were brought to these camps for sterilisation. The largest of these
camps for 33 women was conducted in a short span of 3-4 hours, with a
single laparoscope machine, in an abandoned private charitable hospital.
This was a non-functional health facility that had been abandoned for
many years. 13 women, all in their 20s or 30s died and 70 others were
left in a critical health condition after the laparoscopic sterilisation
at the camps. Among those who died were women from Dalit, adivasi/tribal
and OBC (Other Backward Classes) communities. This raised the serious
question about the careless treatment meted out to the poor and
marginalised women and the clear violations of ethical and quality norms
in the health care system.
is symbolic of the widespread apathy of the health system and the
glaring violations of accepted standards in sterilisation camps, which
have been normalised and justified as responding to a large 'unmet
need'. There was no provision for recovery rooms, and the women, just
after being operated were made to lay down on durries that were placed
in the corridors right outside the operation theatre. The women were
also discharged within an hour or two after the surgery without been
given any post-operative care. No transport facilities were provided to
help them go back to their homes.
aspect that was highlighted in this camp was the issue of consent. It is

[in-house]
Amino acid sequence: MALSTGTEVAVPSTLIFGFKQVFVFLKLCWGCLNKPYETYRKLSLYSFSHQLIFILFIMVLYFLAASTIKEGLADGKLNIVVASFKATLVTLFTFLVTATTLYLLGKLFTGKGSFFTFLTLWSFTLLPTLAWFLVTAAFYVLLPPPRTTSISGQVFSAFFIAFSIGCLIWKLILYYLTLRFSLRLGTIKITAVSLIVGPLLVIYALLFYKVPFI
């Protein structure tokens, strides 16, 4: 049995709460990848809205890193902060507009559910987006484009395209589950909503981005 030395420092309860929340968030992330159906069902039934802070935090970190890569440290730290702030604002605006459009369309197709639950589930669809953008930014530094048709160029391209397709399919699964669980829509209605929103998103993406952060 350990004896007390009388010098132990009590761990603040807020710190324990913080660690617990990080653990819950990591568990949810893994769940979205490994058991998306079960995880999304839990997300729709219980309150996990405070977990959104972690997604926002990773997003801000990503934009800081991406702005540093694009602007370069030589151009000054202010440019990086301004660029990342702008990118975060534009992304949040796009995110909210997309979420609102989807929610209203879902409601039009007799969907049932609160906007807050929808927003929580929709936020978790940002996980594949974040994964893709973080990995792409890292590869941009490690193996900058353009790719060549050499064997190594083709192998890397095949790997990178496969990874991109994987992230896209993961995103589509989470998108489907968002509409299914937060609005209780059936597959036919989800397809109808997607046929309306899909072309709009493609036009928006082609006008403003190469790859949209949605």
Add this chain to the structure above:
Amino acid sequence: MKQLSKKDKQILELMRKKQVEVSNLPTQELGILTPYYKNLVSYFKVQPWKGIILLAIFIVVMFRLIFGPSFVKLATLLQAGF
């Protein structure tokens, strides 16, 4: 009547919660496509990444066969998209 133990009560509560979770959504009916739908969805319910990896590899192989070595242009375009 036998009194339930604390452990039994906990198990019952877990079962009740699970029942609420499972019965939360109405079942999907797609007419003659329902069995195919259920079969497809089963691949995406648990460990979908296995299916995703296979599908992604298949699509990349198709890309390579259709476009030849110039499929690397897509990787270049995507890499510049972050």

crucial for the treating doctor to explain the procedure, the risks
involved and the alternatives available to the patient. Any surgical
activity done on the patient without his/her consent is considered as
unlawful. Some of the families did agree to sign a form before the
surgery and some said that the signatures of the woman were also taken.
Yet, this was not followed by any information dissemination to the
patient or counselling which would facilitate the aspect of 'informed
consent' by the women.
The lack of
attention paid to the needs of young couples, and to men's
responsibility for contraception is a glaring omission today. Promotion
of modern methods of contraception like condoms, which are safer and
easier to use should be encouraged. Furthermore, the promotion of
contraception through government policies should not be just directed at
married couples, but also un-married people. The need of the hour is to
have a more holistic population policy which aims at preservation of
reproductive health of all genders from all sections of the society.
Alternatives, through its functional literacy programme TARA Akshar+
bridges the literacy to empowerment connect. Not only are the women made
functionally literate, they are able to transform themselves into more
aware citizens so as to have access to their rights and entitlements. In
this pursuit, TARA Akshar+ under its mandate to empower communities has
innovated a module on health awareness which is built to fill the gap
between lack of awareness of the poor and marginalised communities on
basic health issues. A large portion of this module incorporates various
topics on women's health focusing on reproductive and sexual health.
Ambhore, V., Gupta, J.S., Nandi, S. Sarojini, N., & Venkatachalam, D.
(2014). Camp of Wrongs: The Mourning Afterwards. Retrieved from http://popdev.hampshire.edu/sites/default/files/uploads/Camp%20of%20Wrongs.pdf
Balasundaram, S. (2011). Stealing wombs: Sterilization abuses and
women's reproductive health in Sri Lanka's tea plantations. Indian
Anthropologist, 41, (2), 57-78.
Srinivasan, K. (2014). Family planning programs in India: An overview
and need for a revision (Working Paper No. 216). Madras Institute of